Despite success, race could die

Dean McNulty, QMI Agency

, Last Updated: 11:37 PM ET

MONTREAL -- The skies were blue at least for most of the day, the grandstands were packed and the racing was world class.

So why was there a sour note being sounded Saturday about the future of the NASCAR Nationwide Series NAPA 200 -- the second-biggest motorsports event, after the Formula One Canadian Grand Prix, in this country?

It is an event that draws more than 60,000 race fans to Circuit Gilles Villeneuve, more than the total of the Honda Indy Toronto and the Edmonton Indy combined.

The problem is that the Quebec government has balked at putting up $500,000 to promote the province's tourism industry at the race.

While on the surface it would appear not to be much of an obstacle, that amount would be matched by the federal government so it becomes a $1-million deal.

The race promoters -- Stock Car Montreal, in conjunction with the Octane Group -- contend the race won't happen without that money.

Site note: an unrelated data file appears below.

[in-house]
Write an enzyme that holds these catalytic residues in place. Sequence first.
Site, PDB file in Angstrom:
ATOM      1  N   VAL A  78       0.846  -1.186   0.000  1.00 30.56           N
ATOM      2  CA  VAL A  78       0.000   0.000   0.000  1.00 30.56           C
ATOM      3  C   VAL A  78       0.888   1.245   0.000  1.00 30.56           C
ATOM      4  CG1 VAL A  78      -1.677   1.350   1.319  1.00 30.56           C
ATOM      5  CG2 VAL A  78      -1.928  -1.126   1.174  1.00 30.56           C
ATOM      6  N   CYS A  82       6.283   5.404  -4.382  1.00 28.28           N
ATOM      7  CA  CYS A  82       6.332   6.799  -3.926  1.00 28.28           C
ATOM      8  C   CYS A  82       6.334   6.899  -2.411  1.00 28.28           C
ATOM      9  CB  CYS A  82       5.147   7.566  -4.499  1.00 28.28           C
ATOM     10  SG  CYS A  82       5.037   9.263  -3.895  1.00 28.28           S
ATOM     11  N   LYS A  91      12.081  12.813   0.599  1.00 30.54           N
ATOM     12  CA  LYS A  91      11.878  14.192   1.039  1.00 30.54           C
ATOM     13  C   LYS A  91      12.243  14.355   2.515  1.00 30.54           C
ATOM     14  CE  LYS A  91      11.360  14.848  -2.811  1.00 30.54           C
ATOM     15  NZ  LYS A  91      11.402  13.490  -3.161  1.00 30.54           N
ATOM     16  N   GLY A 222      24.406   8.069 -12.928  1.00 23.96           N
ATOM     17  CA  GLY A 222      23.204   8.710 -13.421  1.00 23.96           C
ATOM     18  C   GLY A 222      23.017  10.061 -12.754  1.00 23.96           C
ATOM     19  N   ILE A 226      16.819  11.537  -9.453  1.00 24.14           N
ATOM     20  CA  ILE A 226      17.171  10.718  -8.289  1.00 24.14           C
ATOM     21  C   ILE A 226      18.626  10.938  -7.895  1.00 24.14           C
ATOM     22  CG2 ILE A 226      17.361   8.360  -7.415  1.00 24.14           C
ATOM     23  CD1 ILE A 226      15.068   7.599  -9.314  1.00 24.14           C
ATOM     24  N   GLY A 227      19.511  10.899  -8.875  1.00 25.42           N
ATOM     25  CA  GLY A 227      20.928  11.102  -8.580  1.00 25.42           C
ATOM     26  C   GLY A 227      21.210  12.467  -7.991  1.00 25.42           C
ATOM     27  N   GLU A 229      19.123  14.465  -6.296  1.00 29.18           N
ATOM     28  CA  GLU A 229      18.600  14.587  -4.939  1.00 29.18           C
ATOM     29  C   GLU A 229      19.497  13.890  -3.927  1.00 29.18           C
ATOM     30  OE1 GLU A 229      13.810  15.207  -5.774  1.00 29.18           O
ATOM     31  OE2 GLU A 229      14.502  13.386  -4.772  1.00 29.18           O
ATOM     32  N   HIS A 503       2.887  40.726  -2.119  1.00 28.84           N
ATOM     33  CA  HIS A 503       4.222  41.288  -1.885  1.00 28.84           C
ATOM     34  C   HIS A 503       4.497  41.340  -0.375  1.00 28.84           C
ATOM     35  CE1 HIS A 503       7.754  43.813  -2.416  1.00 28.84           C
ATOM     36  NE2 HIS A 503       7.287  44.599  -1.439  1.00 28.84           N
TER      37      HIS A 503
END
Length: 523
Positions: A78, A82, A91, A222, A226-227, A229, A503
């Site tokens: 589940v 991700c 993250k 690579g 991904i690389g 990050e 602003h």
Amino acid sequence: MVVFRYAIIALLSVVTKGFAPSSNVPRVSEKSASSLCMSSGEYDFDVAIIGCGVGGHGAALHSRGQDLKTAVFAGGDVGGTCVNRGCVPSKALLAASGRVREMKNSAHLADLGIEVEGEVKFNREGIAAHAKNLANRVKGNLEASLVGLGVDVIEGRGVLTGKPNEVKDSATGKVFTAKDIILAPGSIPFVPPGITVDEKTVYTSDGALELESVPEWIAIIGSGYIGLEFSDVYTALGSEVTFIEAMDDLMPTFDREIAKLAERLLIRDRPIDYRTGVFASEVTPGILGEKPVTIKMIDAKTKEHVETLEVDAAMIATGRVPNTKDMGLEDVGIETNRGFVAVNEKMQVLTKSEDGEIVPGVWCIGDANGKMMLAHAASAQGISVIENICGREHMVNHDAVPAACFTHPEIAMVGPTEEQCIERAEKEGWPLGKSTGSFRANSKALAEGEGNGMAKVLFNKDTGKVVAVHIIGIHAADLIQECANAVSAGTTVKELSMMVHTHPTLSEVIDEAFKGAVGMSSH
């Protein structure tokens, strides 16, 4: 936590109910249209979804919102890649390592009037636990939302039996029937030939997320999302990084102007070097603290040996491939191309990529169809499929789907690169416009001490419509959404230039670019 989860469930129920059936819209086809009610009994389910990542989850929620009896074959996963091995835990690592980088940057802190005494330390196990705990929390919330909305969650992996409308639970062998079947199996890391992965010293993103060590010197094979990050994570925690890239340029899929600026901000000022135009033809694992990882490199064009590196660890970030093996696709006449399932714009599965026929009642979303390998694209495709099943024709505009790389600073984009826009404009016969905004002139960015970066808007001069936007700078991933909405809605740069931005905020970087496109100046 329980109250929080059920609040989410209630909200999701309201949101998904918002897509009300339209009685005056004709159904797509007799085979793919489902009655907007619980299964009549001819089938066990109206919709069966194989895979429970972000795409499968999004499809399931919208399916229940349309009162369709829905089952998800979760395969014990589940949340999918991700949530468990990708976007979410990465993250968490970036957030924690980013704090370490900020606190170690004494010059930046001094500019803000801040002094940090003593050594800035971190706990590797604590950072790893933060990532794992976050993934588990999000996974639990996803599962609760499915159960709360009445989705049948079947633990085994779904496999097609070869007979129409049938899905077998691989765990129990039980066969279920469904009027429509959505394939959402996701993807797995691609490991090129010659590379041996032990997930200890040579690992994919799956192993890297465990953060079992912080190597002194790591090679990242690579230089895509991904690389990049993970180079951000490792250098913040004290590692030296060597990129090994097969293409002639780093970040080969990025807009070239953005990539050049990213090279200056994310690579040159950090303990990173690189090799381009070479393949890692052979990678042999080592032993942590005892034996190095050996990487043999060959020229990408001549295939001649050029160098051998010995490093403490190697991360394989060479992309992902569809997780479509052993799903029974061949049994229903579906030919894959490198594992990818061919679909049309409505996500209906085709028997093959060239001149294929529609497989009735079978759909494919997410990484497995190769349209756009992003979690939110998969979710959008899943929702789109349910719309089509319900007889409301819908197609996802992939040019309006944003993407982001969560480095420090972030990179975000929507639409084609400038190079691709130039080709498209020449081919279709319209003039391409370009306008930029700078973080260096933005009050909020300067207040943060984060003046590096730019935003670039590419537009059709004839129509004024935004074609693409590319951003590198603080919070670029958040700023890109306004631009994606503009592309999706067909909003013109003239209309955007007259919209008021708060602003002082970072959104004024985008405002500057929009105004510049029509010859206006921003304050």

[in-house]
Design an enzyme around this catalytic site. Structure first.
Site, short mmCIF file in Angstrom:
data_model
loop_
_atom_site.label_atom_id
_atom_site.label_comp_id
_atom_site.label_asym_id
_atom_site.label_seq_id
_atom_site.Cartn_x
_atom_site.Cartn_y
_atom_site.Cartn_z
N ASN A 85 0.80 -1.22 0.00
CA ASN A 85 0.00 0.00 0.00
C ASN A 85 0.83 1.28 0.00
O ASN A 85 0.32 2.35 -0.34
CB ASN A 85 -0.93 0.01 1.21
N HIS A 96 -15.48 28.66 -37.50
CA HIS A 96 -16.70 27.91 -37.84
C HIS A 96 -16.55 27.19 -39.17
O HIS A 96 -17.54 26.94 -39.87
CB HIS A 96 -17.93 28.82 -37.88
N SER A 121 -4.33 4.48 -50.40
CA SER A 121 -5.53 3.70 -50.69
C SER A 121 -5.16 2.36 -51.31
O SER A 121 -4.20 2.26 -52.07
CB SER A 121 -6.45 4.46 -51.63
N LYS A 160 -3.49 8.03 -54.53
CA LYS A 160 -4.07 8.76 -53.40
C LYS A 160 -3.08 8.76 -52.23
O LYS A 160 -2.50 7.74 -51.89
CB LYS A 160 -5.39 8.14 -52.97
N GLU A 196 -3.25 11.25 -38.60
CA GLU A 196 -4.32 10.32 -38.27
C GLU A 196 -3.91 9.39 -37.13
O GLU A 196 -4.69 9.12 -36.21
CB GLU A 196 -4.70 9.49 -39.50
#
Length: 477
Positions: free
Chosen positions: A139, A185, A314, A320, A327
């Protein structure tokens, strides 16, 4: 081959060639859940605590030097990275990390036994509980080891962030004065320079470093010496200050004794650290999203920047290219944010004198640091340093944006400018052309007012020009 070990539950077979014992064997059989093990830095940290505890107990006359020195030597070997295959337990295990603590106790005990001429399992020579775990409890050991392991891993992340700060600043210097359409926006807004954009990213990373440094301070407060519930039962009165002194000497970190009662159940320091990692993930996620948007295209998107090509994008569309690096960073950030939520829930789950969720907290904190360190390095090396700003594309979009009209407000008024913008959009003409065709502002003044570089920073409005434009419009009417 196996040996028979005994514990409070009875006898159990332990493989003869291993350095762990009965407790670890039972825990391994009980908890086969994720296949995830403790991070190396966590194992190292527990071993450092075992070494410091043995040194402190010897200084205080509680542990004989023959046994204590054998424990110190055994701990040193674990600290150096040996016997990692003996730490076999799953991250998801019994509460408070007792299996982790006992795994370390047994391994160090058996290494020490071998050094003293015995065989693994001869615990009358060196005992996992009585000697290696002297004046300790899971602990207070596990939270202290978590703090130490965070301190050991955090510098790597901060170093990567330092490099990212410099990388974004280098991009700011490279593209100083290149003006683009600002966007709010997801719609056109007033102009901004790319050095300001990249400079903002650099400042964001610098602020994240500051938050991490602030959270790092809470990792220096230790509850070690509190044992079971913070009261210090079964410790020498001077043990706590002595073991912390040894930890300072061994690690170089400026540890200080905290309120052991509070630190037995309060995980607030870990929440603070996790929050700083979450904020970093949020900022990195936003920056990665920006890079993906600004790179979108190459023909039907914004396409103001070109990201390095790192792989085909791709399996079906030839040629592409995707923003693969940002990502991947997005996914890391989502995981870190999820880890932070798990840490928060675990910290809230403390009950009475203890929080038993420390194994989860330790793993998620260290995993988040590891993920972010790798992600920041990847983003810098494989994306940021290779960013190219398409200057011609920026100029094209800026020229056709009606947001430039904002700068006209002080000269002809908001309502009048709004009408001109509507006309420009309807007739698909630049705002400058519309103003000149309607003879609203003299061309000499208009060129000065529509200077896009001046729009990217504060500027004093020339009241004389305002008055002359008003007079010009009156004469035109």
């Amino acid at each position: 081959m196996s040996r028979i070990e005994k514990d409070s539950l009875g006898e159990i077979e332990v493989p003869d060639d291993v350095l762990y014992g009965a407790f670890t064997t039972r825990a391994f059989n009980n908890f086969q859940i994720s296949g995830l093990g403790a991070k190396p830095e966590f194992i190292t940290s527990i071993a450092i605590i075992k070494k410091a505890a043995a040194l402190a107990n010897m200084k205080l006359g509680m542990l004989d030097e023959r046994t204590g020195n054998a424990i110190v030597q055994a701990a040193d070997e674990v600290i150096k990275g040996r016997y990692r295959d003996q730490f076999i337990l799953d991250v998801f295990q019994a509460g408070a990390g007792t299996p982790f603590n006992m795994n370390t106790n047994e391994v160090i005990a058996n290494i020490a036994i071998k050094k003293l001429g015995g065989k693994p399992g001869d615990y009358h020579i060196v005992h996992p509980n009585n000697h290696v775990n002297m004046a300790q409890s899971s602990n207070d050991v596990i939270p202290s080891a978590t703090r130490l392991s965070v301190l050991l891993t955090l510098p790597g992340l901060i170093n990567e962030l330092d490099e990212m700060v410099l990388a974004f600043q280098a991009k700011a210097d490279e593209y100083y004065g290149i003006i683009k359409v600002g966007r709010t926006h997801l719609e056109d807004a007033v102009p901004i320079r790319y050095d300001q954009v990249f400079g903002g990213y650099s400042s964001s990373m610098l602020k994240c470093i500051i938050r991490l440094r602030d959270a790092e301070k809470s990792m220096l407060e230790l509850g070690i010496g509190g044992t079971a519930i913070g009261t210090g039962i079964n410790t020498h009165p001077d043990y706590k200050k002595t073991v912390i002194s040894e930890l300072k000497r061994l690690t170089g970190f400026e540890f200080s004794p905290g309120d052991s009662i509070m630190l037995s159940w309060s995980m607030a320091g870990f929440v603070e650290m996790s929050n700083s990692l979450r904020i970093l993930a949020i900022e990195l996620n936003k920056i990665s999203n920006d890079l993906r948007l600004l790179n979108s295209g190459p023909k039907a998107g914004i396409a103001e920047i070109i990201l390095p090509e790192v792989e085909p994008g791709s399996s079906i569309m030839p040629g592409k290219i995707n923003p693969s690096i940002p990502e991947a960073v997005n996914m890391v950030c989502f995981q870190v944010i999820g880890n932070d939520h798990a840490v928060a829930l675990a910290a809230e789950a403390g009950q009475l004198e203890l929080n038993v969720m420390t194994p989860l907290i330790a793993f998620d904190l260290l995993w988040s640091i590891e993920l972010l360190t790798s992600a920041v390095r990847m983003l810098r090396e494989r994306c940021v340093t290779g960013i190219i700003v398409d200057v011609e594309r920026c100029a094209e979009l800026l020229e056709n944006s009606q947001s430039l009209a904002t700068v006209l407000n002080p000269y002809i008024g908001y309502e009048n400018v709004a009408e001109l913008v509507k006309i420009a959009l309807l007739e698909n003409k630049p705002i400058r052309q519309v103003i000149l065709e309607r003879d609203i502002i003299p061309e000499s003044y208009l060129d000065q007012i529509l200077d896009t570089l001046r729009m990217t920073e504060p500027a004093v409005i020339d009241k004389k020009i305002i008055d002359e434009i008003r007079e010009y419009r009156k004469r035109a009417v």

Others suggest it is just another part of the negotiations to get a better deal from government.

In a statement this week Stock Car Montreal VP Andrew Gurtis said the group "was encouraged" that a new contract could be worked out to have NASCAR back next season.

"Looking ahead to 2012 and the potential future of Stock Car Montreal, we are encouraged by the strong interest from race fans, media, sanctioning bodies and the Montreal community for continuing this popular race weekend," Gurtis said. "Discussions are ongoing with all relevant parties in Montreal concerning future plans. We expect to have a decision in the next few weeks and will make an announcement at the appropriate time."


Videos

Photos